Antibacterial nitric oxide-releasing surfaces

Posted 16 August 2017

UNSW Medicinal Chemists create nitric oxide donor surfaces that could prevent bacterial infections associated with surgical implants.

Nitric oxide prevents bacteria from attaching and colonising onto implants such as hip joints, heart valves and bone grafts.

“The problem is, free nitric oxide is very unstable. It can break down within seconds,” says Dr Kitty Ho, postdoctoral researcher from the Kumar Group and first author of the report published in Chemical Communications.

The antibacterial surfaces were created by coating silicon metal with amine linkers, which then tethered the nitric oxide to the surface. The team, led by Professor Naresh Kumar and Professor Mark Willcox, polymerised the linkers onto the surface using a plasma activator, eliminating the need for potentially harmful solvents. A solvent-free system means that the nitric oxide donor surfaces could also be stored dry, preventing loss of nitric oxide – which is released immediately upon contact with aqueous solutions.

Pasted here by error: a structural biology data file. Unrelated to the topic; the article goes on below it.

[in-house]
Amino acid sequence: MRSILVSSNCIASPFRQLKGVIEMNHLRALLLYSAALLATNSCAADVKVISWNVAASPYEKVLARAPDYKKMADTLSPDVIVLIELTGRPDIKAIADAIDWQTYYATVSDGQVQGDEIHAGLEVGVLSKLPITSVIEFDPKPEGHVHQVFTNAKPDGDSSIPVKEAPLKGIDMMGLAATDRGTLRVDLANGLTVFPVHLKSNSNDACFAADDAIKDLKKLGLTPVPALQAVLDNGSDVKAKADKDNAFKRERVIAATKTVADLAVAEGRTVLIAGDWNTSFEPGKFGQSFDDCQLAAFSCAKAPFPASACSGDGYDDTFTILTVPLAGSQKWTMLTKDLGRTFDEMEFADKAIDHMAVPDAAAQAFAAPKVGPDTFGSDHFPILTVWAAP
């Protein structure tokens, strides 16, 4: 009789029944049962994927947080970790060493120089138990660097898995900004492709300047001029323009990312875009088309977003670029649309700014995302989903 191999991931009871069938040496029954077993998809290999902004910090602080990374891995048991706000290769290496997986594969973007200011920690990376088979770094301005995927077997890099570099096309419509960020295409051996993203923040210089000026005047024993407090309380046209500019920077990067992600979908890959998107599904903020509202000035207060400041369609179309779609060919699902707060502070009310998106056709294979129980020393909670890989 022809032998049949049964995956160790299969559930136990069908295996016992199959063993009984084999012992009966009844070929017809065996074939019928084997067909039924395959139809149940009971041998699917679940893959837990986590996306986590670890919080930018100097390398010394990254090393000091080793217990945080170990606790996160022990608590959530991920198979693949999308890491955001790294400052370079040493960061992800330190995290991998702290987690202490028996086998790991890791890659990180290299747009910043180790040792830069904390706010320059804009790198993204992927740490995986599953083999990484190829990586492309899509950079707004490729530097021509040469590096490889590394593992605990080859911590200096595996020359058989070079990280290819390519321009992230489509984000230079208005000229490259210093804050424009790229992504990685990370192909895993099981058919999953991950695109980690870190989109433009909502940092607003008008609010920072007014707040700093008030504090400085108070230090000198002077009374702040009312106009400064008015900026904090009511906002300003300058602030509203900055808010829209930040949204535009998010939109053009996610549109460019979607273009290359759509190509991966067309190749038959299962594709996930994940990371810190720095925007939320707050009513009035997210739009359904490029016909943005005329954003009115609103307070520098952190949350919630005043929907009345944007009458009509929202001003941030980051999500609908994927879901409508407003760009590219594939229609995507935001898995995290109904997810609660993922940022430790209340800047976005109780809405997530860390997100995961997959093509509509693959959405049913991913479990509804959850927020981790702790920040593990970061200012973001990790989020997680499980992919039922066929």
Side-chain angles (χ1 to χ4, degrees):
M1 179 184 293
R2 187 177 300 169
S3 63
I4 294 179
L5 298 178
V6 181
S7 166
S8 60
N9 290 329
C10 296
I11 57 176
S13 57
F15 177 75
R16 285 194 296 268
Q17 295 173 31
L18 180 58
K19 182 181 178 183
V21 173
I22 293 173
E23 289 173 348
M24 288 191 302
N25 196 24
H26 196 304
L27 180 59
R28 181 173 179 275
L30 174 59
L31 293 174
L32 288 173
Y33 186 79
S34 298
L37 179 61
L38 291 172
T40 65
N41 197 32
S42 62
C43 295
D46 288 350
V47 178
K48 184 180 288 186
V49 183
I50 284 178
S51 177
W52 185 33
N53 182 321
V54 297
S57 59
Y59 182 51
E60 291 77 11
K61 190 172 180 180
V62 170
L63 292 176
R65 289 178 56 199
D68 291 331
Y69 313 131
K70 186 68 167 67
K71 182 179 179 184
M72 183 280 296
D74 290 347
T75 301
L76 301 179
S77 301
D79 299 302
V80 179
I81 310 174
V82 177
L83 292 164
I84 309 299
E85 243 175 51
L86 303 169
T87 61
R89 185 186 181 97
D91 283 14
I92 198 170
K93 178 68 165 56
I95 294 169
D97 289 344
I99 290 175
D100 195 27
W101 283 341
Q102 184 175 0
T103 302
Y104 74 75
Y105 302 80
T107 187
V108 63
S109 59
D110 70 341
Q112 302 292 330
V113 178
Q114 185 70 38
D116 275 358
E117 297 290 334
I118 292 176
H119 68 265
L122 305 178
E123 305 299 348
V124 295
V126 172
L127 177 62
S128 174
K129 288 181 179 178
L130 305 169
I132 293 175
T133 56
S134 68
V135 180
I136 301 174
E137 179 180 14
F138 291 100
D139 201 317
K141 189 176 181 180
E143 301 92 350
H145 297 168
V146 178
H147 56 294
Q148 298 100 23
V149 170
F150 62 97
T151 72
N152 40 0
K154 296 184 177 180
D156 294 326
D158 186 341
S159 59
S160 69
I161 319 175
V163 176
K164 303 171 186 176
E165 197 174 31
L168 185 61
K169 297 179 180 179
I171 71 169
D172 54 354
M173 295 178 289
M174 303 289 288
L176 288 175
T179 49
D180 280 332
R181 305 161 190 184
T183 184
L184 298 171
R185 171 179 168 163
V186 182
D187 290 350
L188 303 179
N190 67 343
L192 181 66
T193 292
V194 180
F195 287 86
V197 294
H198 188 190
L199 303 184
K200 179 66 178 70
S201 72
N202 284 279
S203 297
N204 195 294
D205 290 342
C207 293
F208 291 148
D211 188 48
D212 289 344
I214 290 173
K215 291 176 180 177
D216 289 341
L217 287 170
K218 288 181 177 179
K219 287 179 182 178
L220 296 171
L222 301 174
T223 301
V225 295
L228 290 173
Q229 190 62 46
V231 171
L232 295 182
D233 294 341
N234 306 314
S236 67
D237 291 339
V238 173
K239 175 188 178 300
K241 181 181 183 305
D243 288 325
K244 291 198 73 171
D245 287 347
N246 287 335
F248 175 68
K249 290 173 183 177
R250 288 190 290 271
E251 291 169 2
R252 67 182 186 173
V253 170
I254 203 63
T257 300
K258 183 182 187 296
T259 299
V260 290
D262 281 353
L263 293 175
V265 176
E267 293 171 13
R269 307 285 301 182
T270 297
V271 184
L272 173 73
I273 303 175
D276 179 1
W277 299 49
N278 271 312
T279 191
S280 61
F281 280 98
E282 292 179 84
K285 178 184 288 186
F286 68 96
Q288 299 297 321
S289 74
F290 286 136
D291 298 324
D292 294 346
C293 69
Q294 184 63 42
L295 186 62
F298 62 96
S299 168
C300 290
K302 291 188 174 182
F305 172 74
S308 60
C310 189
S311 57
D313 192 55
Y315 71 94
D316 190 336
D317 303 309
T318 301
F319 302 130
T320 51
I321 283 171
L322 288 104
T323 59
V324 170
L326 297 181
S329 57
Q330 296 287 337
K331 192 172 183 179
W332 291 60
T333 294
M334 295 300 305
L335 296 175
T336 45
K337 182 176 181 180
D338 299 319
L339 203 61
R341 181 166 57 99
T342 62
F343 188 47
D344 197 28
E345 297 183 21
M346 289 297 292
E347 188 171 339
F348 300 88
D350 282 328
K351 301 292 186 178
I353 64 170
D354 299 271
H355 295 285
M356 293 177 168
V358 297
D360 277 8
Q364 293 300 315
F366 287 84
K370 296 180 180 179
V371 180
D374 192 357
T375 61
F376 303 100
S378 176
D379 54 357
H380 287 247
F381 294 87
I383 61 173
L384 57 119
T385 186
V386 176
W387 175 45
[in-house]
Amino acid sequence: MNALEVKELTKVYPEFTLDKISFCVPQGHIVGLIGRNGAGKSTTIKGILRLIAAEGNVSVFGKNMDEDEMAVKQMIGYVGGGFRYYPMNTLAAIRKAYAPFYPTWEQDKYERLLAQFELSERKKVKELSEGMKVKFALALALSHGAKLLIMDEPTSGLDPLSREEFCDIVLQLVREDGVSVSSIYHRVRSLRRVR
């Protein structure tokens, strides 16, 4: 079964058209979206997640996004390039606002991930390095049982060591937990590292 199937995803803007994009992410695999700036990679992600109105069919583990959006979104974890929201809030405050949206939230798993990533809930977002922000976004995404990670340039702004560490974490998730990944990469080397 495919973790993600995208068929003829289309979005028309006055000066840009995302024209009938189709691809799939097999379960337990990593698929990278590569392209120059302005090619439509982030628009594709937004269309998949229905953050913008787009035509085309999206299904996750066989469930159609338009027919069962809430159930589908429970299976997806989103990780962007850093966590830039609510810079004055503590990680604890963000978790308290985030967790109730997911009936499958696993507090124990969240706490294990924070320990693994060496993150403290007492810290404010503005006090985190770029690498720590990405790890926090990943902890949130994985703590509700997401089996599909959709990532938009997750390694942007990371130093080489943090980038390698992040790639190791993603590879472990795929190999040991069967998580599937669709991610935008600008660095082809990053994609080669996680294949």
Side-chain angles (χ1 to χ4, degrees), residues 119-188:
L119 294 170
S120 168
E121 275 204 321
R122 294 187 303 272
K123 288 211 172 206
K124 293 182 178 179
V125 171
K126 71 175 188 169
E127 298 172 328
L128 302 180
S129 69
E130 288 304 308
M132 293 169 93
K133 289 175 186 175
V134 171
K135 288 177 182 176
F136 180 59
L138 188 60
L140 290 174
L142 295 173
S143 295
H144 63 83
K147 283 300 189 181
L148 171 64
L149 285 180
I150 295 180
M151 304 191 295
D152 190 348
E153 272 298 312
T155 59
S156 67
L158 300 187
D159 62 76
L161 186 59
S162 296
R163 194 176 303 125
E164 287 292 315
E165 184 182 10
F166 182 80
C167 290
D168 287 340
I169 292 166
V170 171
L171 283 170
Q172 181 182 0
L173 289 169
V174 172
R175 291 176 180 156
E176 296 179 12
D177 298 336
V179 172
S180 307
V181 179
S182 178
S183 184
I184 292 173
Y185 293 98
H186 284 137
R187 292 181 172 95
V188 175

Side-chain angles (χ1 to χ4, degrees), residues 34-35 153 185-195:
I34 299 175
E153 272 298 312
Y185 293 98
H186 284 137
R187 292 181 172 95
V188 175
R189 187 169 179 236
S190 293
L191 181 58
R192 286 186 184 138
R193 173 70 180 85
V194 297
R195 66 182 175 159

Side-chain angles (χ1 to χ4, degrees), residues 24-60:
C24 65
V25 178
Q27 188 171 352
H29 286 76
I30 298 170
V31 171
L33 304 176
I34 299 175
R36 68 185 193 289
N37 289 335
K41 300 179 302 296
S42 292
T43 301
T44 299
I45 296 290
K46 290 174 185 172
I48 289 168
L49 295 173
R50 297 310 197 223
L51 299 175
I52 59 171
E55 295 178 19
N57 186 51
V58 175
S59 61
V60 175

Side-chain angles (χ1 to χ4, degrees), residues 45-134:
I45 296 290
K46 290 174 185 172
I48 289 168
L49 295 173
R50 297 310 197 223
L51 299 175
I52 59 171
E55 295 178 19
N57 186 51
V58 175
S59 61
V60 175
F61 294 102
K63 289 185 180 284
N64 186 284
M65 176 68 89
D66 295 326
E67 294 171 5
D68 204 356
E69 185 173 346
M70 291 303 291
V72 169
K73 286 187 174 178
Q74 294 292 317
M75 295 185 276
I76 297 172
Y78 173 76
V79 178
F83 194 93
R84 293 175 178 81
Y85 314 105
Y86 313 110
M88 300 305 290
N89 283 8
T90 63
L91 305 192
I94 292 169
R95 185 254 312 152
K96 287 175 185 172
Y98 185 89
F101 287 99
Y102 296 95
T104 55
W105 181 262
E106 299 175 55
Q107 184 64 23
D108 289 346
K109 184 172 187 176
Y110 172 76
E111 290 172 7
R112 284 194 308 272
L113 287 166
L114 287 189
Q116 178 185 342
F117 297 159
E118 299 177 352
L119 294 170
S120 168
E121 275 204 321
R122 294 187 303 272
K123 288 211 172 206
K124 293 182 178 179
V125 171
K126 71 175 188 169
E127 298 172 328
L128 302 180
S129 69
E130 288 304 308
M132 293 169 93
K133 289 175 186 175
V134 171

Most of the progress in the field so far have been with nitric oxide-releasing nanoparticles, which rely on the use of solvents for generation and storage. The nanoparticles then need to be injected in solution, at sites of infection.

Until now, researchers have not had much success creating nitric oxide-releasing surfaces. Some reports show limited efficiency with binding nitric oxide onto synthesized compounds. Binding nitric oxide onto an amine-coated surface was both a simple idea and a novel one.

“We had access to a plasma activator, and thought okay, let’s try this. It turned out to be a pretty simple thing to do,” says Dr Ho.